Judges sceptical of Donald Trump's immunity claim in election subversion case

A Washington appeals court questioned Donald Trump's claims that he is immune from criminal charges for trying to overturn the 2020 election, as the former US president on Tuesday (local time) warned he could prosecute Joe Biden if he returns to the White House.

Trump looked on as his legal team sought to convince a panel of three judges that former presidents should not be prosecuted for actions they took in office. Trump is due to go to trial in March on federal charges of election subversion.

Judges reacted skeptically to that argument.

"You're saying a president could sell pardons, could sell military secrets, could tell SEAL Team Six to assassinate a political rival?" Judge Florence Pan asked Trump lawyer D. John Sauer.

Sauer said that a former president could be charged for such conduct only if they were first impeached by the House of Representatives and convicted in the Senate.

Trump did not address the court, or speak to news media that waited outside the courthouse. He did, however, confer quietly with his attorneys several times during the hearing.

With the Republican state-by-state presidential nominating contest due to kick off next week, Trump used the hearing as an opportunity to claim he is the victim of political persecution.

In a video posted to social media ahead of the hearing, Trump said he could prosecute Democratic President Joe Biden if he wins the November presidential election.

"If I don't get immunity then crooked Joe Biden doesn't get immunity," Trump said. "Joe would be ripe for indictment."

Trump, who lost to Biden in the 2020 election, has opened up a commanding lead over his rivals for the Republican presidential nomination since the first criminal charge against him was announced last March. He is expected to easily win Monday's contest in Iowa.


The US Justice Department has long held that presidents cannot be prosecuted while in office for doing their official duties. Trump, the first former US president to be criminally prosecuted, faces 91 criminal counts in four separate cases.

Sauer, Trump's lawyer, told a three-judge panel of the US Court of Appeals for the District of Columbia Circuit that allowing prosecution to go forward would lead to a cycle of retribution after each election and "open a Pandora's Box from which that nation may never recover."

He said presidents must first be impeached and removed from office by Congress before he could be prosecuted. Trump was impeached twice but the Senate failed to convict him.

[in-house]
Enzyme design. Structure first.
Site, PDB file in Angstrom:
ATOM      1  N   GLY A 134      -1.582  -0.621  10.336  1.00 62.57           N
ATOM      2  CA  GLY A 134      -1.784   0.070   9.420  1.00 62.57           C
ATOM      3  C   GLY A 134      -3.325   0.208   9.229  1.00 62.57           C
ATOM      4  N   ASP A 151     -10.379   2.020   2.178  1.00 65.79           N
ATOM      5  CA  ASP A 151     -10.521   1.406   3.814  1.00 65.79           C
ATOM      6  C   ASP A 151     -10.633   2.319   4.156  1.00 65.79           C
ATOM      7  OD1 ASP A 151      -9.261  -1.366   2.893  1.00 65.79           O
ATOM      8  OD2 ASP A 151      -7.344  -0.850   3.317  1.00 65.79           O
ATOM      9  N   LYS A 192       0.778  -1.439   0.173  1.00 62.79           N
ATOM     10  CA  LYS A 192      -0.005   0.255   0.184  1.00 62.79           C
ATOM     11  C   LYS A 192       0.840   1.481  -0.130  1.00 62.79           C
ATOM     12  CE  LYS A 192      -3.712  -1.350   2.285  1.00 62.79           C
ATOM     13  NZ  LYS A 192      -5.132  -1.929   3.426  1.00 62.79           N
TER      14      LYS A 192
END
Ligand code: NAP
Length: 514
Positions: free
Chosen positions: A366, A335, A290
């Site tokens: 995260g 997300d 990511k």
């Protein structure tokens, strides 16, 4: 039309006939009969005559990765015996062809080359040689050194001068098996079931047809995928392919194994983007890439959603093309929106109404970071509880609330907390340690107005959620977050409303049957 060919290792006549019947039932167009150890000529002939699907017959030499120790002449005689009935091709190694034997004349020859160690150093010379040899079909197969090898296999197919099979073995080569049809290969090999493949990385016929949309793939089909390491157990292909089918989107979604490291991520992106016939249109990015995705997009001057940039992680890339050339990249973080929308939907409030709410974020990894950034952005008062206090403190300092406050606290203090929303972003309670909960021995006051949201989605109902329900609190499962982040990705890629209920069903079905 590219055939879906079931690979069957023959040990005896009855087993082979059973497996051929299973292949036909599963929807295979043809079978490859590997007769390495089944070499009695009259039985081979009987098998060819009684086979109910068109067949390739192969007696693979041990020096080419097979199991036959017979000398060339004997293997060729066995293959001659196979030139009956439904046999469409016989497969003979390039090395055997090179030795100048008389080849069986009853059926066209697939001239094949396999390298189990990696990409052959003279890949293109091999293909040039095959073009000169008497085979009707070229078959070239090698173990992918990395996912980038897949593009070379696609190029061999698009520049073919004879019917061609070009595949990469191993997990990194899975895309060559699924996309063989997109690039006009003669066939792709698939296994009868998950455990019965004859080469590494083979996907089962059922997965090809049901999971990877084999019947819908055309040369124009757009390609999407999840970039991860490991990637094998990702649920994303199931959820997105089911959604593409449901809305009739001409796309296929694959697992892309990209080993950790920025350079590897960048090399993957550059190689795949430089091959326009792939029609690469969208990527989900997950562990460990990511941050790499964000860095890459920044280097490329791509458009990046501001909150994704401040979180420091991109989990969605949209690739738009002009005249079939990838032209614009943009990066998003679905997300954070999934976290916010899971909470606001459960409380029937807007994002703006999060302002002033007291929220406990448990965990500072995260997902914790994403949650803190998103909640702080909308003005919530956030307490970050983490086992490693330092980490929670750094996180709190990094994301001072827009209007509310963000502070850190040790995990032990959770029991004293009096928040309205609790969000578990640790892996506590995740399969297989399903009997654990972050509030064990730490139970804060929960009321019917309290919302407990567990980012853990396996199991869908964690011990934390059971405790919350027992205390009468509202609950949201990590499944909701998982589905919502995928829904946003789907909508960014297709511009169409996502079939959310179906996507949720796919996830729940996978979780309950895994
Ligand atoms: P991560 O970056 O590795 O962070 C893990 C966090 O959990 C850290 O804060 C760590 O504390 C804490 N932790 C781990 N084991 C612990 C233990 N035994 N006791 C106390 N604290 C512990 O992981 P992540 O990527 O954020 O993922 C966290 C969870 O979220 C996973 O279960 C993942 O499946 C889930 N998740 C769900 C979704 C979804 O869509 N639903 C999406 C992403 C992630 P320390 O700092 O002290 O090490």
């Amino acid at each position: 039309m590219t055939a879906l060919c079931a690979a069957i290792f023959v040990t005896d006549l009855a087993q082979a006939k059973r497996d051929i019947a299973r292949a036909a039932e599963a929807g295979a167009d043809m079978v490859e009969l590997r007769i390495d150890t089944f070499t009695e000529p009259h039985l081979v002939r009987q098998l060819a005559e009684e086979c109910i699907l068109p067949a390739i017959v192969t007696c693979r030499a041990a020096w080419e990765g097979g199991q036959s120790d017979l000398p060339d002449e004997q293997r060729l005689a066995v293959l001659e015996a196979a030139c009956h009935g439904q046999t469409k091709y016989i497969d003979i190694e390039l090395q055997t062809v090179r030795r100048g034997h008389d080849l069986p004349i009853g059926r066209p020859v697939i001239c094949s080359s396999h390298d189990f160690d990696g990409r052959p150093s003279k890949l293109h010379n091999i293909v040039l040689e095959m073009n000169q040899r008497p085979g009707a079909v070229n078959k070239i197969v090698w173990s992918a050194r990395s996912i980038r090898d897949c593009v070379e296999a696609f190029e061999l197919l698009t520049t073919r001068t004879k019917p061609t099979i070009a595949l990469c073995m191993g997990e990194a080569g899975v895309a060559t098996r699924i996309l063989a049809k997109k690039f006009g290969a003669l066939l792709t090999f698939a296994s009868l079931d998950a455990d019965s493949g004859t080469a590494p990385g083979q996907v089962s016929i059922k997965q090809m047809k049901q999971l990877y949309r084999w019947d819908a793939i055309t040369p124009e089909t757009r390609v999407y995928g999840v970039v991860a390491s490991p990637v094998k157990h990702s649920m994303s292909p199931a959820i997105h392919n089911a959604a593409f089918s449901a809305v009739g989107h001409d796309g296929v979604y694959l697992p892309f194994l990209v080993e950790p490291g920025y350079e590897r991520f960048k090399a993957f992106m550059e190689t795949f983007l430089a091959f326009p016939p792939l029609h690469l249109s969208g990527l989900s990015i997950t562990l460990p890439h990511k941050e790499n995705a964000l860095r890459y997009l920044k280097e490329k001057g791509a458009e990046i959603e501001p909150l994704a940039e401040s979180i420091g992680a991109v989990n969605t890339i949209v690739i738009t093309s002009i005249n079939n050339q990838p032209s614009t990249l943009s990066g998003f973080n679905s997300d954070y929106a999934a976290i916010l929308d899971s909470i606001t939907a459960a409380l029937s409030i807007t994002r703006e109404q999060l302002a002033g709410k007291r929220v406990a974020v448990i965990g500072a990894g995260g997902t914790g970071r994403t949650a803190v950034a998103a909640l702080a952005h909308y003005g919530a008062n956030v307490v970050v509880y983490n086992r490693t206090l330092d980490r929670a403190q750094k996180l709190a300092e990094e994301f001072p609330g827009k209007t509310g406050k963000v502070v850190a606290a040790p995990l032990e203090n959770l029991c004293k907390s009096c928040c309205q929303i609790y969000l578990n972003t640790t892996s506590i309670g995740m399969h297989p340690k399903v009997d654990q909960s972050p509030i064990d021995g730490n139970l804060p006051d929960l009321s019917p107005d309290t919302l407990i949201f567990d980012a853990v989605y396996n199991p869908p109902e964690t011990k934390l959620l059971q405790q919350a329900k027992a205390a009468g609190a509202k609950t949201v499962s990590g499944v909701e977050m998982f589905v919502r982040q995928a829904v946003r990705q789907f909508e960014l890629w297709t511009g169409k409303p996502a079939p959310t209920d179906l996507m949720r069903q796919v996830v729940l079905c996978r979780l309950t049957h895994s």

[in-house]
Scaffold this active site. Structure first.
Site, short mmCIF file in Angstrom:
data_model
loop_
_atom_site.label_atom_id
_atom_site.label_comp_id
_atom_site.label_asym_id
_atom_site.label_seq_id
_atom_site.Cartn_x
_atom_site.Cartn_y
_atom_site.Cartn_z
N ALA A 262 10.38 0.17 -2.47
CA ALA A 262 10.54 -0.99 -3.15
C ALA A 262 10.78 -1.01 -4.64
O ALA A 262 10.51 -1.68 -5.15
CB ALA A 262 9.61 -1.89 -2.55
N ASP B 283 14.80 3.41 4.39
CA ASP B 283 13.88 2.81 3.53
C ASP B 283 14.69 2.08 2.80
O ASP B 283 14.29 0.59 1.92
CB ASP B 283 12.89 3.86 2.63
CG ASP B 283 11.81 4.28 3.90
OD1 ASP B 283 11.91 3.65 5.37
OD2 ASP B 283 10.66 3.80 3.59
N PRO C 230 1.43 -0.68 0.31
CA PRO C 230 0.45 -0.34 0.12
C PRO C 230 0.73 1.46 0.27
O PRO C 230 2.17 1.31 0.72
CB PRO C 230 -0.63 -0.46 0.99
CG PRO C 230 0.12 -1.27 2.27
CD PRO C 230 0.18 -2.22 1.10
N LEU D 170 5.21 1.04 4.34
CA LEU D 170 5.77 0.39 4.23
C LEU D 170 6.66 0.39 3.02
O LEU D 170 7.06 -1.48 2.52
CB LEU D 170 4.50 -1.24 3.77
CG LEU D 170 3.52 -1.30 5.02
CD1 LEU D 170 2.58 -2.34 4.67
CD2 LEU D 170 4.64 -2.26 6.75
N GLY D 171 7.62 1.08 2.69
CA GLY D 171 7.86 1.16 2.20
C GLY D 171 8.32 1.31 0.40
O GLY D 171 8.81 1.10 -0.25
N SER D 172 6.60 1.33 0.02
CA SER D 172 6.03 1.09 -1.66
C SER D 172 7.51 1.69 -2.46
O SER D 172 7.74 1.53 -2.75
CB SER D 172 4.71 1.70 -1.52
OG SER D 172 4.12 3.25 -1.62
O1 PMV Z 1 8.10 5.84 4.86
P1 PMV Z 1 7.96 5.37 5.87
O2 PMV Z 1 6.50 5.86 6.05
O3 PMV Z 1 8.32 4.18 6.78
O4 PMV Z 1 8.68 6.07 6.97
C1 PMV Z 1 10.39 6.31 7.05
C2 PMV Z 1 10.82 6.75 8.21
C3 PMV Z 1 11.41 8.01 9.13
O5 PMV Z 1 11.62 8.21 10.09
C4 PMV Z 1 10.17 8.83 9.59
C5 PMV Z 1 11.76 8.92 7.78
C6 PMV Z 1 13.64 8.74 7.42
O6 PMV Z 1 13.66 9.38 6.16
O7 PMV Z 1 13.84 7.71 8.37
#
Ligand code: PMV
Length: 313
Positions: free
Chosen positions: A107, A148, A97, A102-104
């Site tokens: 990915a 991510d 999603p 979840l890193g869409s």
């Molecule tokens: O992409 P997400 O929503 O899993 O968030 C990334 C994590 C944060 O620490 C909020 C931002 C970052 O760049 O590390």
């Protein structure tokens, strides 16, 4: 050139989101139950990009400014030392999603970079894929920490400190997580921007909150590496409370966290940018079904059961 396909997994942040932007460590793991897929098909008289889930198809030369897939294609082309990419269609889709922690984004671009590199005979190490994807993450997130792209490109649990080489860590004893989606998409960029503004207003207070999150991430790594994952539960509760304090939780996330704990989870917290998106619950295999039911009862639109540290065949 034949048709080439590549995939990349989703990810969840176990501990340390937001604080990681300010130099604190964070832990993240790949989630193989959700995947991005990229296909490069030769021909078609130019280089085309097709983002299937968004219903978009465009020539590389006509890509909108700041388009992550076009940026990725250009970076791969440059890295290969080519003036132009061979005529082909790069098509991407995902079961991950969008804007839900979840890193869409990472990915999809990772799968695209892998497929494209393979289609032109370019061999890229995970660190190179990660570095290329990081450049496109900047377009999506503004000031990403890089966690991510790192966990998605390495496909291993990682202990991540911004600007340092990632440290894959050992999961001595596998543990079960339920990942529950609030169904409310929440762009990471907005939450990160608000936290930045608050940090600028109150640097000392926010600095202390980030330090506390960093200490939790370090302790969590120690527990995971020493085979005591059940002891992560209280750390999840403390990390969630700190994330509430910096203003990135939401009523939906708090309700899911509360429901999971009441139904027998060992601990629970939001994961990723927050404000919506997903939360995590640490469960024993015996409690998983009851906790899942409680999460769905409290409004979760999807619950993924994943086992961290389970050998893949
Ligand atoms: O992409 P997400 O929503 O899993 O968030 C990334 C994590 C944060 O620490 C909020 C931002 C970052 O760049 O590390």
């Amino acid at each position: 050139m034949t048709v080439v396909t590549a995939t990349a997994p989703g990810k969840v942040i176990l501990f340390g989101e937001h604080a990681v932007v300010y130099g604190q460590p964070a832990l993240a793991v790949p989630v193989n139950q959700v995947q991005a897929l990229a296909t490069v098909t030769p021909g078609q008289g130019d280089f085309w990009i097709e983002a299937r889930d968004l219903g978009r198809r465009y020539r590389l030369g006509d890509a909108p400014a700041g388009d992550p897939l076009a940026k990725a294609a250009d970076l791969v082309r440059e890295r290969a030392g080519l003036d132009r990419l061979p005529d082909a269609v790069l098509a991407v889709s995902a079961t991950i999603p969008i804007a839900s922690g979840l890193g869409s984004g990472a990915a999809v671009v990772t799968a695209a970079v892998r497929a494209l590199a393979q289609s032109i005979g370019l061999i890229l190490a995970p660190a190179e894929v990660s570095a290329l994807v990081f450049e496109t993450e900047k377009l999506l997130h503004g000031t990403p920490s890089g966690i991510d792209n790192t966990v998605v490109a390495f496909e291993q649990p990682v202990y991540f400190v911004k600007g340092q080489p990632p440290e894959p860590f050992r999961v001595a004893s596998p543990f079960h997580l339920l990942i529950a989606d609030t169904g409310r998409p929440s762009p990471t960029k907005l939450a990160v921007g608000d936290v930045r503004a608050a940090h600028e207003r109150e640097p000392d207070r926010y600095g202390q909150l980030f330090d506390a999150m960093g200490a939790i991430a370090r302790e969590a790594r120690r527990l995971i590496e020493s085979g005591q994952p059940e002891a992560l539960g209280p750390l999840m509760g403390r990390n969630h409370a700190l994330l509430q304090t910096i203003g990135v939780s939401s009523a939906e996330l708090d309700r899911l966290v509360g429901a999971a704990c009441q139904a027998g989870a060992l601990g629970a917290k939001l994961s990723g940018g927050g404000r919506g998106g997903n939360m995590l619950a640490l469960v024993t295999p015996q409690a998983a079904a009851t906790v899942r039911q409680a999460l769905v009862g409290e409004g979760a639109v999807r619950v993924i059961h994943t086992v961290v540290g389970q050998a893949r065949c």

Some Republican senators declined to convict him after he was impeached for trying to overturn the 2020 election, on the grounds that he could be held accountable in court.

US prosecutors argue that Trump was acting as a candidate, not a president, when he pressured officials to overturn the election results and encouraged his supporters to march to the Capitol on Jan. 6, 2021.


The case against Trump reflects the unprecedented nature of his efforts to overturn the 2020 election and granting him immunity for those actions would give future presidents license to commit crimes, Justice Department lawyer James Pearce told the panel.

"The president has a unique constitutional role, but he is not above the law," he said.

Both the legal outcome and timing of the appeals court’s ruling will play a pivotal role in determining whether Trump faces trial ahead of the Nov. 5, 2024, election.

Smith has accused Trump of a multi-pronged conspiracy to hinder the counting and certification of his 2020 defeat, culminating in the Jan. 6 attack. Trump has pleaded not guilty to charges including defrauding the government and obstructing Congress.

The case is one of four criminal prosecutions Trump faces this year as he campaigns to win back the White House.

Trump's immunity claim has already been rejected by US District Judge Tanya Chutkan, who is overseeing the case. But it could take several weeks or months to be resolved on appeal.

Any ruling from the appeals court is almost certain to be appealed to the US Supreme Court, which last month denied a request from Smith to immediately decide the issue.

Activity in the case has been halted in the meantime, which could delay the trial's scheduled March 4 start.